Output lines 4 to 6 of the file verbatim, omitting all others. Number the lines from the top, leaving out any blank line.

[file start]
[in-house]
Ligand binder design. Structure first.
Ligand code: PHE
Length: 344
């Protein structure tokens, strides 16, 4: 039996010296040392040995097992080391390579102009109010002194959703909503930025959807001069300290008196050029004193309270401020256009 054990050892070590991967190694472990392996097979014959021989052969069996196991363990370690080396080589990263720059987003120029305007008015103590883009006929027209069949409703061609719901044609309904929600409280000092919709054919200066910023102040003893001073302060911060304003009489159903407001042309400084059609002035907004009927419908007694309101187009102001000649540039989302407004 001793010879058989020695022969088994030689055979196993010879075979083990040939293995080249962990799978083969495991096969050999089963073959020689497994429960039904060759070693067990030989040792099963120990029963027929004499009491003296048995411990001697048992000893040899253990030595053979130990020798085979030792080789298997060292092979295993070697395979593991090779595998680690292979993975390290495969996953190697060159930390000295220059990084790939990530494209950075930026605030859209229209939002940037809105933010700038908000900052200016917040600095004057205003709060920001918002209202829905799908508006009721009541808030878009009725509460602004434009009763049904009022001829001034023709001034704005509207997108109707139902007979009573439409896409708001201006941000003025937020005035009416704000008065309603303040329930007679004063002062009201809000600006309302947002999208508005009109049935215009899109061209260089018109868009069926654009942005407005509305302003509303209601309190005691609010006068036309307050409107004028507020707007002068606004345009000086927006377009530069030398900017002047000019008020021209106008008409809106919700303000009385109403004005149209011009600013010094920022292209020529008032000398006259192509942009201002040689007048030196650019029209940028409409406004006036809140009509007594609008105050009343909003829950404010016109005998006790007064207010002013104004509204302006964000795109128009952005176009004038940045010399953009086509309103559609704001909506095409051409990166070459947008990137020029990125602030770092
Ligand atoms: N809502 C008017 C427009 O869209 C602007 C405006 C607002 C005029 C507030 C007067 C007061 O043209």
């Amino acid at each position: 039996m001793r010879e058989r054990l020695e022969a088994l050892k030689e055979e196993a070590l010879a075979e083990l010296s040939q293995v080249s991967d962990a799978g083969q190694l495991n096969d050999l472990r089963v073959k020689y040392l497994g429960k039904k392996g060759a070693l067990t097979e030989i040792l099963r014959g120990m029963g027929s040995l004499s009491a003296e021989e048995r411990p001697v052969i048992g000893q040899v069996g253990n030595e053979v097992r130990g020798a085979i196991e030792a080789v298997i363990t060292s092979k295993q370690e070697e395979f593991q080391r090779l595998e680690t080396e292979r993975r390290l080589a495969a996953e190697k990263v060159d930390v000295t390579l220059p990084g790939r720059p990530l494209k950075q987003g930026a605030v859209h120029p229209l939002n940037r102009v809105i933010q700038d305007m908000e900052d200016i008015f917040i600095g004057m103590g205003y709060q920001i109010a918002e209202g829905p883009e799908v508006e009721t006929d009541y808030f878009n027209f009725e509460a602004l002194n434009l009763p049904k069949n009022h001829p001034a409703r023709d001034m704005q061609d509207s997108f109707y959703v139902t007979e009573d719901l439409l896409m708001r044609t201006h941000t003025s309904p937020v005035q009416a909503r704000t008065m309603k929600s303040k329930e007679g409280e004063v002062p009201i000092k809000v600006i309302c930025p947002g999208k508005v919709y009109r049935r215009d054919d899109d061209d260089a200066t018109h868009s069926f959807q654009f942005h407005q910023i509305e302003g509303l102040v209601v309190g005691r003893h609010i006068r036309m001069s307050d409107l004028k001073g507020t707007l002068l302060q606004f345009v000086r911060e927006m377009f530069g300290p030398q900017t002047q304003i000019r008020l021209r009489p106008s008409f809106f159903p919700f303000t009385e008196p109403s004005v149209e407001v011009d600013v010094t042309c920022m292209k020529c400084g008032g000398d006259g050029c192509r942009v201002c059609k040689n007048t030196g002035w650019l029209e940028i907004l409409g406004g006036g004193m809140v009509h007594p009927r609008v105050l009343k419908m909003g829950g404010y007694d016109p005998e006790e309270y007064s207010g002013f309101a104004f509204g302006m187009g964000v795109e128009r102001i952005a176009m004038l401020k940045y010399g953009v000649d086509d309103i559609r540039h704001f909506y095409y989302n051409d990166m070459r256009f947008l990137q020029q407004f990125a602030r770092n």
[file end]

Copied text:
Length: 344
């Protein structure tokens, strides 16, 4: 039996010296040392040995097992080391390579102009109010002194959703909503930025959807001069300290008196050029004193309270401020256009 054990050892070590991967190694472990392996097979014959021989052969069996196991363990370690080396080589990263720059987003120029305007008015103590883009006929027209069949409703061609719901044609309904929600409280000092919709054919200066910023102040003893001073302060911060304003009489159903407001042309400084059609002035907004009927419908007694309101187009102001000649540039989302407004 001793010879058989020695022969088994030689055979196993010879075979083990040939293995080249962990799978083969495991096969050999089963073959020689497994429960039904060759070693067990030989040792099963120990029963027929004499009491003296048995411990001697048992000893040899253990030595053979130990020798085979030792080789298997060292092979295993070697395979593991090779595998680690292979993975390290495969996953190697060159930390000295220059990084790939990530494209950075930026605030859209229209939002940037809105933010700038908000900052200016917040600095004057205003709060920001918002209202829905799908508006009721009541808030878009009725509460602004434009009763049904009022001829001034023709001034704005509207997108109707139902007979009573439409896409708001201006941000003025937020005035009416704000008065309603303040329930007679004063002062009201809000600006309302947002999208508005009109049935215009899109061209260089018109868009069926654009942005407005509305302003509303209601309190005691609010006068036309307050409107004028507020707007002068606004345009000086927006377009530069030398900017002047000019008020021209106008008409809106919700303000009385109403004005149209011009600013010094920022292209020529008032000398006259192509942009201002040689007048030196650019029209940028409409406004006036809140009509007594609008105050009343909003829950404010016109005998006790007064207010002013104004509204302006964000795109128009952005176009004038940045010399953009086509309103559609704001909506095409051409990166070459947008990137020029990125602030770092
Ligand atoms: N809502 C008017 C427009 O869209 C602007 C405006 C607002 C005029 C507030 C007067 C007061 O043209």